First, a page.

It's time to introduce workplace citizenship to Britain's employers. Photo: Getty
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How to fix Britain’s broken workplaces

A new inquiry into Britain's work problems presents a vision of workplace citizenship.

There’s something seriously wrong with the world of work, and not just in the places you would expect. We know that the UK is near the bottom of the EU low pay league and that those on low pay make up a fifth of the labour force (the same as in 1994, despite the introduction of the minimum wage). And, we know we are world leaders in zero-hours contracting and outsourcing.  But, the problems at work today are no longer confined to precarious employment. As the Smith Institute’s inquiry into Making Work Better shows, the majority of Britain’s workplaces are now broken and under-performing. 

The inquiry’s 100-page report by Ed Sweeney, the former chair of Acas, documents a litany of employee concerns: falling real wages, insecurity, mistrust, skills under-utilisation and low levels of engagement. Workers in all types of jobs say they feel undervalued and over worked. They are also angry about excessive top pay and the way they are managed. Many employers are communicating, caring and investing in their staff. But, the gap between the rest and the best is widening.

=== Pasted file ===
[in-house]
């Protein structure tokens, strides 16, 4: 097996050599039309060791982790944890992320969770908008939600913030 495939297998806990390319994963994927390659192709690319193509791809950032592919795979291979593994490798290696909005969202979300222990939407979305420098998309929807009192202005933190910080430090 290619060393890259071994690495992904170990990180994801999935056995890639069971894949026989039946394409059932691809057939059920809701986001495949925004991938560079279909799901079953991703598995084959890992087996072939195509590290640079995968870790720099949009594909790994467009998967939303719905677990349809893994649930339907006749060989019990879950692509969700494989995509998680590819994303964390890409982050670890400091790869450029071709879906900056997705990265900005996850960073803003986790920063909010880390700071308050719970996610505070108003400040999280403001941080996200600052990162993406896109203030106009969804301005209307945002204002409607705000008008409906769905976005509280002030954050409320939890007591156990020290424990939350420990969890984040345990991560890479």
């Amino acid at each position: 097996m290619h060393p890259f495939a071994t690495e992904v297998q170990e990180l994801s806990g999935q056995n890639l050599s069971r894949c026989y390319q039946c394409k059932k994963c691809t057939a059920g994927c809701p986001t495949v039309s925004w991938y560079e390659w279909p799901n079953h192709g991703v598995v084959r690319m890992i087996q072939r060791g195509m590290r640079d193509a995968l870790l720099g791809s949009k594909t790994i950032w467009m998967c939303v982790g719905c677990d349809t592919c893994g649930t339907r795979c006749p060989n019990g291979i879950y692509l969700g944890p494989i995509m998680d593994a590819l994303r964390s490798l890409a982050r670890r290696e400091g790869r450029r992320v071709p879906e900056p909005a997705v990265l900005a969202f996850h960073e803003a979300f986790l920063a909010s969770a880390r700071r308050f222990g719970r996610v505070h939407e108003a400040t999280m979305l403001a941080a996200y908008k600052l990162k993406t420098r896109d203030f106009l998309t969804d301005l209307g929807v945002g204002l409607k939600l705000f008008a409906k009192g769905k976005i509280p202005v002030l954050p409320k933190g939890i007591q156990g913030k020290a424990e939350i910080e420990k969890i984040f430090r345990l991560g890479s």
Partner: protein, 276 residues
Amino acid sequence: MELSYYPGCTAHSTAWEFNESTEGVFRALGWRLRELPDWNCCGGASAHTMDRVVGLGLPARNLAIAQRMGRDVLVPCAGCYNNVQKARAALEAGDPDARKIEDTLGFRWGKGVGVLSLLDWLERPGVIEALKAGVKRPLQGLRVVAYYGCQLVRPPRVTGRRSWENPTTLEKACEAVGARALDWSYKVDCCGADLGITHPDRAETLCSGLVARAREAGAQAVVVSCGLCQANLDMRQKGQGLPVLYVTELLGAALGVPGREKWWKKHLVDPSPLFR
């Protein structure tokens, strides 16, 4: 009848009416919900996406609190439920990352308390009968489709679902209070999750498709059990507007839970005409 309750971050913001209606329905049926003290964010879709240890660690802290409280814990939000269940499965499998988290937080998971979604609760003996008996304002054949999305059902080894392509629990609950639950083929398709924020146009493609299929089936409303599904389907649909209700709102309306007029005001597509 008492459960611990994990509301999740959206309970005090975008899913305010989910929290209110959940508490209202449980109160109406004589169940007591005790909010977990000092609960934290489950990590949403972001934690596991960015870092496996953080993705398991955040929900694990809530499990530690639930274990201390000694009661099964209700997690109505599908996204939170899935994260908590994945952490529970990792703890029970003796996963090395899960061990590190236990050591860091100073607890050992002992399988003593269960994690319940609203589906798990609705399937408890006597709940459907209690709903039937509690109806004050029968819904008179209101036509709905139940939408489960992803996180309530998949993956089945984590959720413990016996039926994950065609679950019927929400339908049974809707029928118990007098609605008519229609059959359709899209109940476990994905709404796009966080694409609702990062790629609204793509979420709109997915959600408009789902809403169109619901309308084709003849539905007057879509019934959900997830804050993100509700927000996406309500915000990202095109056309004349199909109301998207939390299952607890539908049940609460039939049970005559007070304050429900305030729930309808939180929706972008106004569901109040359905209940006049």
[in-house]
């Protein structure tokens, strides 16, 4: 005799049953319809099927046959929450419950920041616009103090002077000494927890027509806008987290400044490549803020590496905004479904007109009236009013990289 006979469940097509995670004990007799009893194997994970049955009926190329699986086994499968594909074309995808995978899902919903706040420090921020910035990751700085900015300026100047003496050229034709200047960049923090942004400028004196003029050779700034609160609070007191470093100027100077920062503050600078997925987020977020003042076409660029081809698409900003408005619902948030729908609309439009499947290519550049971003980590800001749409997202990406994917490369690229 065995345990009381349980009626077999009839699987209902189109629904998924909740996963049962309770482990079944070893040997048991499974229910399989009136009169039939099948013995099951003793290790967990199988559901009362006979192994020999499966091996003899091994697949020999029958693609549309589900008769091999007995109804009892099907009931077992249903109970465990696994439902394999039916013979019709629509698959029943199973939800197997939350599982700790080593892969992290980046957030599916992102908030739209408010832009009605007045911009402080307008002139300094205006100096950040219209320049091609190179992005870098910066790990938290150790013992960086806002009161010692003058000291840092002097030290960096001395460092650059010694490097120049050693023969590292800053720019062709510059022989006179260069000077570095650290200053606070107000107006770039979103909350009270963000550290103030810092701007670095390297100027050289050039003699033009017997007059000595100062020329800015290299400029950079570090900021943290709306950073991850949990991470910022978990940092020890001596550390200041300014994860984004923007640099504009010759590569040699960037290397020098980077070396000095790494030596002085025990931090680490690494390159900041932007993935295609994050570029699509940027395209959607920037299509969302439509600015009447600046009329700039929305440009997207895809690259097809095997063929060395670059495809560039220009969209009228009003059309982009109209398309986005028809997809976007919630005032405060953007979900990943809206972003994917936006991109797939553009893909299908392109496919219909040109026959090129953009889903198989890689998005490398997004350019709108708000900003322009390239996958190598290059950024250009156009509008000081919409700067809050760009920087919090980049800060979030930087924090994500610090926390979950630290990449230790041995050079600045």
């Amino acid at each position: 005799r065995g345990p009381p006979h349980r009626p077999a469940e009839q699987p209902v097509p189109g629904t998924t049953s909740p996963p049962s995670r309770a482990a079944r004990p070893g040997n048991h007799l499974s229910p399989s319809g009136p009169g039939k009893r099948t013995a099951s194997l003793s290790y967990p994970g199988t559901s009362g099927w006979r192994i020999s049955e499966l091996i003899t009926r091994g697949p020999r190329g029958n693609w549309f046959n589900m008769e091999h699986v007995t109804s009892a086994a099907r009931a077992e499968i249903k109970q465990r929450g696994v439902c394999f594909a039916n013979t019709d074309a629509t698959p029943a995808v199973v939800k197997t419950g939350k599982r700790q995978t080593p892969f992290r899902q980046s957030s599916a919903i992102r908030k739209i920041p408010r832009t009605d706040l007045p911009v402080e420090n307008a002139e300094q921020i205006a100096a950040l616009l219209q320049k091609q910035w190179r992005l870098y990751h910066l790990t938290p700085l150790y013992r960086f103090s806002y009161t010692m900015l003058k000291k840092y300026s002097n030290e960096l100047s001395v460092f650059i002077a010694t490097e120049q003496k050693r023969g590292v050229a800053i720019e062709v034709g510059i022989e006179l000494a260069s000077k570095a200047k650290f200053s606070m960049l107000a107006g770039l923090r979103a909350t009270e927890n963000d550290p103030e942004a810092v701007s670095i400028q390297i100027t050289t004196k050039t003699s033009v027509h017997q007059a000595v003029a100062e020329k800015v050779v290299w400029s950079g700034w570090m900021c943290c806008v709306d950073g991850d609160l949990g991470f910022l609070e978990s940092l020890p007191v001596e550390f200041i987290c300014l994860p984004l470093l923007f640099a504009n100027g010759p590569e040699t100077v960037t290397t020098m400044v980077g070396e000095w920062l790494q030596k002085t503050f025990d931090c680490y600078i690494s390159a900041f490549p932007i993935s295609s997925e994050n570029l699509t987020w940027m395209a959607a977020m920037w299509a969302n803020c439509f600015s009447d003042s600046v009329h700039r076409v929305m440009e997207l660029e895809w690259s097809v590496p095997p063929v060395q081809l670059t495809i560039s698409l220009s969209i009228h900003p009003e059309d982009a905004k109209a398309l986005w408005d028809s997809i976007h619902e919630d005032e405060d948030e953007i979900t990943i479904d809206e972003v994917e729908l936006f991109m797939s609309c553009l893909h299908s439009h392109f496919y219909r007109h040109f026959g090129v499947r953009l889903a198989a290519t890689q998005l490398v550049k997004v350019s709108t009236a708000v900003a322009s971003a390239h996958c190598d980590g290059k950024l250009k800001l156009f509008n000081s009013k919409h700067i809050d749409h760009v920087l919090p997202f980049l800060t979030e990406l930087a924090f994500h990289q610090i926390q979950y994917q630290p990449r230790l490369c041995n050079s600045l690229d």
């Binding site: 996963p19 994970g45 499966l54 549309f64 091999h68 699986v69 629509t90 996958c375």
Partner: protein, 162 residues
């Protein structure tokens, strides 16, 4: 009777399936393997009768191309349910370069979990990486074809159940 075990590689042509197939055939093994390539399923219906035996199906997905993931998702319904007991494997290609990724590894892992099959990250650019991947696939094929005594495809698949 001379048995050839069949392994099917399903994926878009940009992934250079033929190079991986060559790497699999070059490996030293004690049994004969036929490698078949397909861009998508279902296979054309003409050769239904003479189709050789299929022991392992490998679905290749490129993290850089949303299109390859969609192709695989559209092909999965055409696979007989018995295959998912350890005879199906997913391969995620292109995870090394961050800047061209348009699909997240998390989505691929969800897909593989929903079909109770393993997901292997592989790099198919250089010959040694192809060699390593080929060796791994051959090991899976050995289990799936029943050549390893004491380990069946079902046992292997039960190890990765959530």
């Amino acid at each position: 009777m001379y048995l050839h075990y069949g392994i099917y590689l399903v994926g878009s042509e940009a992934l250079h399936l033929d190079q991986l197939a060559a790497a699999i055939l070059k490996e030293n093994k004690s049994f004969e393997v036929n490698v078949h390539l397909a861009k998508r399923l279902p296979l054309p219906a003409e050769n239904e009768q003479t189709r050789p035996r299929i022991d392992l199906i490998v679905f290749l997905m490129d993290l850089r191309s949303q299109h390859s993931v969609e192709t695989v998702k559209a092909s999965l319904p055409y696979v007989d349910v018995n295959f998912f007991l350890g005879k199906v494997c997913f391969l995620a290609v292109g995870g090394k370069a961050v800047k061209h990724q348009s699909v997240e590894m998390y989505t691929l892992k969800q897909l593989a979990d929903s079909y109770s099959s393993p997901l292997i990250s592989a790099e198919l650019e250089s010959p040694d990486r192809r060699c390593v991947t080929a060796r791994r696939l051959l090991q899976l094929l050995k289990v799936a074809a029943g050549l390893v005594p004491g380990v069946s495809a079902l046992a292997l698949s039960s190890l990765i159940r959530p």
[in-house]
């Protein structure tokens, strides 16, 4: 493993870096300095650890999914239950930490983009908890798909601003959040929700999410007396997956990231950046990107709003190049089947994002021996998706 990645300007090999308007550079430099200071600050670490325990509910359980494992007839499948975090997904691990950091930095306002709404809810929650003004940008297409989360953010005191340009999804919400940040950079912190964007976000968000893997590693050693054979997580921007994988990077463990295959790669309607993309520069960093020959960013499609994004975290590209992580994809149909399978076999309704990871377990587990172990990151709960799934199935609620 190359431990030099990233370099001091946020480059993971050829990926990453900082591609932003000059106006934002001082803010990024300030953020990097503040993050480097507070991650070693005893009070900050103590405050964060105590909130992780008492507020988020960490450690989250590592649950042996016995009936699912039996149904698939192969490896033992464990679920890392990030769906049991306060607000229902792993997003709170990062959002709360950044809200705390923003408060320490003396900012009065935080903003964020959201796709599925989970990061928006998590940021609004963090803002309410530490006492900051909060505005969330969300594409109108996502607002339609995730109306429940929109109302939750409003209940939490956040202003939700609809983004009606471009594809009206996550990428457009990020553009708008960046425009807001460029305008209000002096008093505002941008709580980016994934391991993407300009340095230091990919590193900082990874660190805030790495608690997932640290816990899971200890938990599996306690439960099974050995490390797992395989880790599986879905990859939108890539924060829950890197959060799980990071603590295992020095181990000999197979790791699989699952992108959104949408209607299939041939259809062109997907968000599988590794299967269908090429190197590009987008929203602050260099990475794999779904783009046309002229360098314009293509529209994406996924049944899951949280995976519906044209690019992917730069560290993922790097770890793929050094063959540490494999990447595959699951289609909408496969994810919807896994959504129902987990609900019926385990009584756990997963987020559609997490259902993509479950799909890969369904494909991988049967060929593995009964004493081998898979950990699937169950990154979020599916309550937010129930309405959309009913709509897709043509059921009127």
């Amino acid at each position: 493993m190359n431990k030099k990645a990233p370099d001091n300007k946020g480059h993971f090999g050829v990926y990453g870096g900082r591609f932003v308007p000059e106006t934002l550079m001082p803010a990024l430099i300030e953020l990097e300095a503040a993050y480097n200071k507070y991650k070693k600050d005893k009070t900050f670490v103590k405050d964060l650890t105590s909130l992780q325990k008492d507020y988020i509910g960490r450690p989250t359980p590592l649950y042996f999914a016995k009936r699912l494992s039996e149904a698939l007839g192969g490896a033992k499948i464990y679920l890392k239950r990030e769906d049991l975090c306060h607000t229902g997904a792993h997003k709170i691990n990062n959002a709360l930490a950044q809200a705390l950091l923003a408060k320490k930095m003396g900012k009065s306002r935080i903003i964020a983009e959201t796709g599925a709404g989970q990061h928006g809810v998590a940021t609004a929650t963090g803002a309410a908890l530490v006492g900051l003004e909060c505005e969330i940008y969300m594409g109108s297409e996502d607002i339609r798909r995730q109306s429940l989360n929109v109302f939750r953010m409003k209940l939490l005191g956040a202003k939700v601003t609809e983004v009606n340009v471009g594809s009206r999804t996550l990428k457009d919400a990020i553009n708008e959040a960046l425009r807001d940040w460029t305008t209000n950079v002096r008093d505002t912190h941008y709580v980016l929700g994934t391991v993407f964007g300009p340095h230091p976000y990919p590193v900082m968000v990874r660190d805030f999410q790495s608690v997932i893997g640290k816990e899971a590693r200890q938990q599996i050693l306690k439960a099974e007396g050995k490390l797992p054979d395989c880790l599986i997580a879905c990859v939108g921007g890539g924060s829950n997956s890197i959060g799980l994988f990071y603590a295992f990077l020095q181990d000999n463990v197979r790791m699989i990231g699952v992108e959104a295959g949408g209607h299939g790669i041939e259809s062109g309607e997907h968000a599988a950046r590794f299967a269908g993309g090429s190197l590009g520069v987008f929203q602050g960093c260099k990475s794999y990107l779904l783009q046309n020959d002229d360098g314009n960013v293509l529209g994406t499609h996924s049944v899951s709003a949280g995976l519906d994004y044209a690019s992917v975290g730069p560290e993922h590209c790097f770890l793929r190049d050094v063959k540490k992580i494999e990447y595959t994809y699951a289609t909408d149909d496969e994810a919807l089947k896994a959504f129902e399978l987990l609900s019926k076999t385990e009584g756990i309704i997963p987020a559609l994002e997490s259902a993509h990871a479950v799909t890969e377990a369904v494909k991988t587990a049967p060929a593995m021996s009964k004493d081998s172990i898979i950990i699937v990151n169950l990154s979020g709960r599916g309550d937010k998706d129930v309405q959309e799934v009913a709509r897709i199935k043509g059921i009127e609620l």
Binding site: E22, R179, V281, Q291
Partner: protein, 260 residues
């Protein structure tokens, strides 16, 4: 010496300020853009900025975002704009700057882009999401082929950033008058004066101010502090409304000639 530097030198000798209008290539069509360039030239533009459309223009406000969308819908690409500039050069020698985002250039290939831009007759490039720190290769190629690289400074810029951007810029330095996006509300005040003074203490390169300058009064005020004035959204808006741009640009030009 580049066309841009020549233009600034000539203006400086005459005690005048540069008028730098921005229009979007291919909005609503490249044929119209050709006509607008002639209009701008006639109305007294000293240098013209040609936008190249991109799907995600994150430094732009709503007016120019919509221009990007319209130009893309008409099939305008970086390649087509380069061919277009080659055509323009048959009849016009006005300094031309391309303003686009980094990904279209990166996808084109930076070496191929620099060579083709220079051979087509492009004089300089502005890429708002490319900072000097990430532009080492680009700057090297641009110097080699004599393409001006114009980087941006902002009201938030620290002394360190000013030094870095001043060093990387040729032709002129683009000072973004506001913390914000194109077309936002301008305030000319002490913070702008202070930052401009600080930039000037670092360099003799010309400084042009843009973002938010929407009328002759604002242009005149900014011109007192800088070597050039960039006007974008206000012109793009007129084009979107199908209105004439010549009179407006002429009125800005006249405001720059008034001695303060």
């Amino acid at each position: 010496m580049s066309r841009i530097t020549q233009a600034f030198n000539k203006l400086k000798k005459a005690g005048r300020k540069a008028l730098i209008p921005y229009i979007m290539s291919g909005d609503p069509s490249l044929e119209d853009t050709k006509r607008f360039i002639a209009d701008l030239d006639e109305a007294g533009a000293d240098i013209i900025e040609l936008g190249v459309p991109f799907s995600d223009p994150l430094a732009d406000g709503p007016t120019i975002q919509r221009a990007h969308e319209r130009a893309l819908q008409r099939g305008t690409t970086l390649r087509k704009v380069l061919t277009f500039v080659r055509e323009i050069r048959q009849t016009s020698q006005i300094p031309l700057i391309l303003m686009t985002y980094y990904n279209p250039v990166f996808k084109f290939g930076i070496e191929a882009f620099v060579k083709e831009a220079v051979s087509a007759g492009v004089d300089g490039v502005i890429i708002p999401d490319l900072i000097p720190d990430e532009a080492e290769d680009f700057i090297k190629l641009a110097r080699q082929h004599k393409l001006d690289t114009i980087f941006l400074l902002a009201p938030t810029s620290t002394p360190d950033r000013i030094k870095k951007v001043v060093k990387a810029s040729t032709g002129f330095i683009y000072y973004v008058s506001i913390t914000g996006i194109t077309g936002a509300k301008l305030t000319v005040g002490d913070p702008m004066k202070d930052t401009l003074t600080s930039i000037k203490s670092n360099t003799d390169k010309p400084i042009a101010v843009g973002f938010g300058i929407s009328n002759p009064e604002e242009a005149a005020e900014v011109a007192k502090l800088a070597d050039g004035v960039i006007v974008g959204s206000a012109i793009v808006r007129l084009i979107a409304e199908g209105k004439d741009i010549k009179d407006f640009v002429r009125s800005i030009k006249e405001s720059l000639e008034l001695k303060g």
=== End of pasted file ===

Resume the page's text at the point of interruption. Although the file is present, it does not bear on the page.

Problems at work may be a blind spot for the government, but it’s undermining our productivity (which already lags well behind our competitors) and costing the taxpayer billions in terms of in-work benefits. The fact we have so many low paid, low skilled jobs in low value business is also holding back the recovery. 

With so many people feeling short-changed at work there are potentially huge dividends for a party that champions not just more work, but ‘good work’. Promising a fairer and more prosperous society with greater opportunity for the many can’t be achieved with a government that ignores the benefits of social partnership and employee voice and fails to tackle worsening wage inequality and widespread mistreatment at work. International research quoted in the Sweeney report, for example, busts the myth that deregulated labour markets with fewer employment rights and a power imbalance tilted firmly in the employers favour leads to higher productivity and happier workers.